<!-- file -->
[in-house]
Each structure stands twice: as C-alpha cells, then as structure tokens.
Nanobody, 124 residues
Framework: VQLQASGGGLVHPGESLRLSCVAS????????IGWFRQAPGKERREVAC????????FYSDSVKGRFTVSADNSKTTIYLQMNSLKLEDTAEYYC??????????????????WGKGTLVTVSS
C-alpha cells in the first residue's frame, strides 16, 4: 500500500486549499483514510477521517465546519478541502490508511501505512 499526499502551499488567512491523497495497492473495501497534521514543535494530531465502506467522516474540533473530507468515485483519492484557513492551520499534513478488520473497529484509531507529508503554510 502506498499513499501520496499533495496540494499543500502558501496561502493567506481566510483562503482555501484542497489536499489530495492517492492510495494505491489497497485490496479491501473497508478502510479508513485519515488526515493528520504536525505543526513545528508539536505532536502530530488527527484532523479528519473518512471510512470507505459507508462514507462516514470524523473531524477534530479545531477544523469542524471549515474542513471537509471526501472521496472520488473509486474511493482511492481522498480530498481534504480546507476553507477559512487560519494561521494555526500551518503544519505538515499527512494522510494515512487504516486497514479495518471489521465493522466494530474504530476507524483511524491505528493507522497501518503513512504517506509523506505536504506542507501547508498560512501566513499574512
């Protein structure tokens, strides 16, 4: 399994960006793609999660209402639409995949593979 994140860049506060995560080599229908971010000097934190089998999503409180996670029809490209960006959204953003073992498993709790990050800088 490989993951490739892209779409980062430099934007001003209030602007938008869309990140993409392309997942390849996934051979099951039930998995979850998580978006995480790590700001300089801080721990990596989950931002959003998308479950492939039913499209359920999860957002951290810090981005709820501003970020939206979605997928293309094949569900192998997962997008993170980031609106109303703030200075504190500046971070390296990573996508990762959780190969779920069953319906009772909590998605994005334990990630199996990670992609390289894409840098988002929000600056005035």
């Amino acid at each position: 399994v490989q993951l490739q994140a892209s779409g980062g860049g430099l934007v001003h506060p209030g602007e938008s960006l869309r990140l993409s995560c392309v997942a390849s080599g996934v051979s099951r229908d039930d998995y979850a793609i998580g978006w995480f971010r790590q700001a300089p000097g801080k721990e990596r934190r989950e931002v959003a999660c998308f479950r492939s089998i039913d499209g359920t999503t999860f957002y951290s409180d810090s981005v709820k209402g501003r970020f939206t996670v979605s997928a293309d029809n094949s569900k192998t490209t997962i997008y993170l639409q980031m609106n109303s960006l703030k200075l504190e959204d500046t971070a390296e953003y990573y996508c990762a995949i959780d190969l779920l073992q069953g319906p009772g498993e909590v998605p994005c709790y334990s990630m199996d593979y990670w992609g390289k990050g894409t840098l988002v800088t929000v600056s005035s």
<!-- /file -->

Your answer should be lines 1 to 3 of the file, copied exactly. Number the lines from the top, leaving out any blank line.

[in-house]
Each structure stands twice: as C-alpha cells, then as structure tokens.
Nanobody, 124 residues